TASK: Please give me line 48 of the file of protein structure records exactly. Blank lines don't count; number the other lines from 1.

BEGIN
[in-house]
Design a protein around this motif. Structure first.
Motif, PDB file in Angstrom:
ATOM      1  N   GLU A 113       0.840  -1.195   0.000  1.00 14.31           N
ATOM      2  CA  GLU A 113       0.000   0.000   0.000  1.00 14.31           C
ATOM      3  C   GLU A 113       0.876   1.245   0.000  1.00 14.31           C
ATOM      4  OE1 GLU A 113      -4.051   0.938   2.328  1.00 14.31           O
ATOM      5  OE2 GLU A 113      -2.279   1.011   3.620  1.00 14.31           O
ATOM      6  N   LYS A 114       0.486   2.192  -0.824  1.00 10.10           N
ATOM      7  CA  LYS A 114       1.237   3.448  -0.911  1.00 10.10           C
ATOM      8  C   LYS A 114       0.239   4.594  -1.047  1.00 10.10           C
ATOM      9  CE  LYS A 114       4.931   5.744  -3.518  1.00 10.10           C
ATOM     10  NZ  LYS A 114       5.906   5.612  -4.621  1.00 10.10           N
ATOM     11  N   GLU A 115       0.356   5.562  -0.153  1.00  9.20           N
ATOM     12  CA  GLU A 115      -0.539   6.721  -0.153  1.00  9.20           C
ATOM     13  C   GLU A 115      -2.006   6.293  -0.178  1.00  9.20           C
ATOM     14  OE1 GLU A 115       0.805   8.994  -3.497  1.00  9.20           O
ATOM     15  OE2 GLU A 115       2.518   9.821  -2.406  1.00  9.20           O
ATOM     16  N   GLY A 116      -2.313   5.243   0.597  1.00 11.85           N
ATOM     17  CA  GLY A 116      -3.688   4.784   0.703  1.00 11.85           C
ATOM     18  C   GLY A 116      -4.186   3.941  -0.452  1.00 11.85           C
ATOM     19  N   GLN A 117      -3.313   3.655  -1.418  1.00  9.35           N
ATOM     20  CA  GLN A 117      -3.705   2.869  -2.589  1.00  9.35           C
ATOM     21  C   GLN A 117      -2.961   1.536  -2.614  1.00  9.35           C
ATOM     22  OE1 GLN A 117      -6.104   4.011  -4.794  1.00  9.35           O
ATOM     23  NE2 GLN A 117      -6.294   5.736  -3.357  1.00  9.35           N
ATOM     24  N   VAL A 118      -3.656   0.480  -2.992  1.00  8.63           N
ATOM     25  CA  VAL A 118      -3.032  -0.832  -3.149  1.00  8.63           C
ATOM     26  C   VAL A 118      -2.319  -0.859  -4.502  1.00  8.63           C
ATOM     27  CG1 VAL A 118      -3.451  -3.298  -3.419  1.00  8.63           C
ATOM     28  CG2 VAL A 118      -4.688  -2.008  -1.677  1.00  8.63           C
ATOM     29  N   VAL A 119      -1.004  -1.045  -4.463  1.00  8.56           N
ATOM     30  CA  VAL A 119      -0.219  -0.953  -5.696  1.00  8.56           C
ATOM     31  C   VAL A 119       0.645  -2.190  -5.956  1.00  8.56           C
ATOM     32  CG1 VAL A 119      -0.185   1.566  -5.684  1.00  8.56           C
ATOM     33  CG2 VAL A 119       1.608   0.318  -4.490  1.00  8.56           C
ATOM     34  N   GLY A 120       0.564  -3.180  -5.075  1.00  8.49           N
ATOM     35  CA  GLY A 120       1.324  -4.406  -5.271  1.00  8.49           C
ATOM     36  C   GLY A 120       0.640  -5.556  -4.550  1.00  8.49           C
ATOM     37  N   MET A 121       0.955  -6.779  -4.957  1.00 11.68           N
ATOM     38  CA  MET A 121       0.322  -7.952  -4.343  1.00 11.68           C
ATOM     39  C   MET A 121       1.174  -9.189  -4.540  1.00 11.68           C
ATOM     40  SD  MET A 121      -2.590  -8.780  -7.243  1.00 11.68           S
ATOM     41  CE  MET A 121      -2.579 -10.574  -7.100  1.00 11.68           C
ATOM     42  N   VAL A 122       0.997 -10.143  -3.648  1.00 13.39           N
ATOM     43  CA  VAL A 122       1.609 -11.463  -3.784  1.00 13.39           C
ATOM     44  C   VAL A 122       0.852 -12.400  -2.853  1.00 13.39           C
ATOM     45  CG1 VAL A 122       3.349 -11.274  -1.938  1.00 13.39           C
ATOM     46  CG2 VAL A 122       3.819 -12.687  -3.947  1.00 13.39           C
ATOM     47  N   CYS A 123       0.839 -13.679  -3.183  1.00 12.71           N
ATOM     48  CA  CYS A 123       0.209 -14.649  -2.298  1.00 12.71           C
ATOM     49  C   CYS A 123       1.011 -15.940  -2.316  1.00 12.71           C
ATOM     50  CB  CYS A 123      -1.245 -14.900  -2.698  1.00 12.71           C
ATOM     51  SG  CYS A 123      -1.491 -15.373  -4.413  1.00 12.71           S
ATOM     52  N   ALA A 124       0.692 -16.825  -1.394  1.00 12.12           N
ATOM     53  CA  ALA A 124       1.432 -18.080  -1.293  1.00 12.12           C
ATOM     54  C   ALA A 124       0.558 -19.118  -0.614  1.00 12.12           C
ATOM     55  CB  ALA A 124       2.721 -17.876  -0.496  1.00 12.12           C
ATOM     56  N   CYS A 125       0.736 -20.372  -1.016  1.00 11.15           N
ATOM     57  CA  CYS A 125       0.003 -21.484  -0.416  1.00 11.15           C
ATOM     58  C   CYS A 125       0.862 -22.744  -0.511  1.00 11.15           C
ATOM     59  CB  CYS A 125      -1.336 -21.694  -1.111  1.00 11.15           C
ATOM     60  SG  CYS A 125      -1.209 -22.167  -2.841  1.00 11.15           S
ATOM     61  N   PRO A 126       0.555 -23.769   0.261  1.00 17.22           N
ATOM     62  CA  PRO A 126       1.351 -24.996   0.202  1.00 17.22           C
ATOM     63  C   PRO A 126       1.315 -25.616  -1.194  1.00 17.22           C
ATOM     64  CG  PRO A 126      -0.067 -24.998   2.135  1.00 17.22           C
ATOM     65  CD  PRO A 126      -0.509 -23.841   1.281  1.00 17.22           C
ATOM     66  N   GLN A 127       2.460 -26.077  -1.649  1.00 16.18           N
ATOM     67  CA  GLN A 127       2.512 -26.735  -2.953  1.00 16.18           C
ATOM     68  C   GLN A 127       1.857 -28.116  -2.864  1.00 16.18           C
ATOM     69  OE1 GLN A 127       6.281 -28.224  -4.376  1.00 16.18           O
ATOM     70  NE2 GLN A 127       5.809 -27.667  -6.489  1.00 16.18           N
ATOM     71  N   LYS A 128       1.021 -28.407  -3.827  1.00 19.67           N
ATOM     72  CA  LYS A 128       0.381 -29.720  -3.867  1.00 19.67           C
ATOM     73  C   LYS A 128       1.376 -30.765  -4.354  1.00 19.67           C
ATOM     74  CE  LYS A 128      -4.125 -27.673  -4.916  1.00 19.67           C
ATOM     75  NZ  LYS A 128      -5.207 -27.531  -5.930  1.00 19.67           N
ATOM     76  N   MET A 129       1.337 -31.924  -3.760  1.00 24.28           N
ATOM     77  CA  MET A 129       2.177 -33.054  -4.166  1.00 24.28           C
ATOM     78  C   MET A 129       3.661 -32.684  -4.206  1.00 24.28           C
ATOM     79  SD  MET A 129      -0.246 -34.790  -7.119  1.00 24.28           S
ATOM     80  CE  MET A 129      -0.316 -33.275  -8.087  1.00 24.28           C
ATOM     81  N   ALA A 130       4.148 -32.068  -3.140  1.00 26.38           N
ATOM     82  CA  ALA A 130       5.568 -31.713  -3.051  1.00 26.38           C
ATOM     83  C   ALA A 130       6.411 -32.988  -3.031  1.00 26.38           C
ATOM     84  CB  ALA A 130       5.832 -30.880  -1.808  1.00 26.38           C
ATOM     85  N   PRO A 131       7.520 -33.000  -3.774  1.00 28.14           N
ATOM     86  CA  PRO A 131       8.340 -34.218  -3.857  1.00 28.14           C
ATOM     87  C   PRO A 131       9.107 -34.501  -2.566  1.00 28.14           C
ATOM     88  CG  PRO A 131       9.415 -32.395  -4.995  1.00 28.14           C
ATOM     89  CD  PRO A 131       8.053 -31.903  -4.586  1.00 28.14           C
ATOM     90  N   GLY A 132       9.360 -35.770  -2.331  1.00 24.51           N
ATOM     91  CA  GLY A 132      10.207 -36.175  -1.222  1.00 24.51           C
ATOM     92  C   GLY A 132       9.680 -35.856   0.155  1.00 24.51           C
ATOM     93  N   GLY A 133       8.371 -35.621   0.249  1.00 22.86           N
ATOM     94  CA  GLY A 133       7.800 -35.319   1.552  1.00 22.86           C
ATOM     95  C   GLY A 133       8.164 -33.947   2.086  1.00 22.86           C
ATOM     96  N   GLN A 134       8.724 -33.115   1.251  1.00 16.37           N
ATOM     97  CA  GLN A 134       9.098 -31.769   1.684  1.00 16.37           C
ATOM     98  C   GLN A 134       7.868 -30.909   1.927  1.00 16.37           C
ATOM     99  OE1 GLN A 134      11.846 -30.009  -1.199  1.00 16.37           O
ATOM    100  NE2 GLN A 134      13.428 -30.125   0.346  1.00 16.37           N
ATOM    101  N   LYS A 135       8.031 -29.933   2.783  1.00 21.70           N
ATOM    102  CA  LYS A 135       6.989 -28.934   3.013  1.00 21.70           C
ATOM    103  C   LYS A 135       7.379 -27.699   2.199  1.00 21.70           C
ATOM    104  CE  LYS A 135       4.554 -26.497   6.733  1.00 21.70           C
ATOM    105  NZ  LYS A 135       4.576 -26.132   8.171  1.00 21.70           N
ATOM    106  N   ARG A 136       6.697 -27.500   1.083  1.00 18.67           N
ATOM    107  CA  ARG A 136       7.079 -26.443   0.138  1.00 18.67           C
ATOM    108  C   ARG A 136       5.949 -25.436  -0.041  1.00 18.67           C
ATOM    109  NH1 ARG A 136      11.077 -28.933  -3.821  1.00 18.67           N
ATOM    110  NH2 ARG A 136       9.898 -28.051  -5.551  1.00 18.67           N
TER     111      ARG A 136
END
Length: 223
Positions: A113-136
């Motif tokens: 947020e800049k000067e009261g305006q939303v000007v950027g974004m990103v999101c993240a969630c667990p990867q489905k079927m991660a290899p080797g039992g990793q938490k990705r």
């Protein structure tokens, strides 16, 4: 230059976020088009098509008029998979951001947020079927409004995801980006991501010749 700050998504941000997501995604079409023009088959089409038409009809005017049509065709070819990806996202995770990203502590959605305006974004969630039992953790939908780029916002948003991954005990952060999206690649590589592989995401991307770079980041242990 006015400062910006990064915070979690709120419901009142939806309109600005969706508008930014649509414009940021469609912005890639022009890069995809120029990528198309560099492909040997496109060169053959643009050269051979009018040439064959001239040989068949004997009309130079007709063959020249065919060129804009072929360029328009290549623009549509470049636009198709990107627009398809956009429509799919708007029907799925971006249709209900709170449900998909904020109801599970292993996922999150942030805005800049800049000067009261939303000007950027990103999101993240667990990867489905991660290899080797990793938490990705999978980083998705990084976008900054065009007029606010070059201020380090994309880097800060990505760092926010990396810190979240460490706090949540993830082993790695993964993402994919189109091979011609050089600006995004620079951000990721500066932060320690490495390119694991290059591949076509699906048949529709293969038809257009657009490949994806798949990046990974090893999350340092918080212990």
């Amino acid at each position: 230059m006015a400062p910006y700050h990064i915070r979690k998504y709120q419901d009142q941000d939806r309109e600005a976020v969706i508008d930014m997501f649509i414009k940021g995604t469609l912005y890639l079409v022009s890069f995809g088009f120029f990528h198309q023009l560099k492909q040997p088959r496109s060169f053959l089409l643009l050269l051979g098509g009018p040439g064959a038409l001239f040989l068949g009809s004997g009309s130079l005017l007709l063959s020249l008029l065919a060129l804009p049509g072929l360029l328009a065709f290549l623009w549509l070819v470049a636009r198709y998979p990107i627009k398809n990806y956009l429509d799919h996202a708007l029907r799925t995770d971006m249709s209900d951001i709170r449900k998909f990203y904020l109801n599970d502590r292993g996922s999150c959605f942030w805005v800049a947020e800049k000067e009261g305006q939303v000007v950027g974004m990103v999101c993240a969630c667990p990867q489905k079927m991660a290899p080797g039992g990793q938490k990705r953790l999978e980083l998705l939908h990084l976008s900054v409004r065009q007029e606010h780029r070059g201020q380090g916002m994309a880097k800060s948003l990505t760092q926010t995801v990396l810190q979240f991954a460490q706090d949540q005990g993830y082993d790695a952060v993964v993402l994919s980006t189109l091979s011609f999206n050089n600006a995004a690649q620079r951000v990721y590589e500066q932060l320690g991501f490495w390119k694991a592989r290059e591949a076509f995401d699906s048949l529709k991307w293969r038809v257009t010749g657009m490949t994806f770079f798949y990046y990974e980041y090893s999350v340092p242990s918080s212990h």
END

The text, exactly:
ATOM     45  CG1 VAL A 122       3.349 -11.274  -1.938  1.00 13.39           C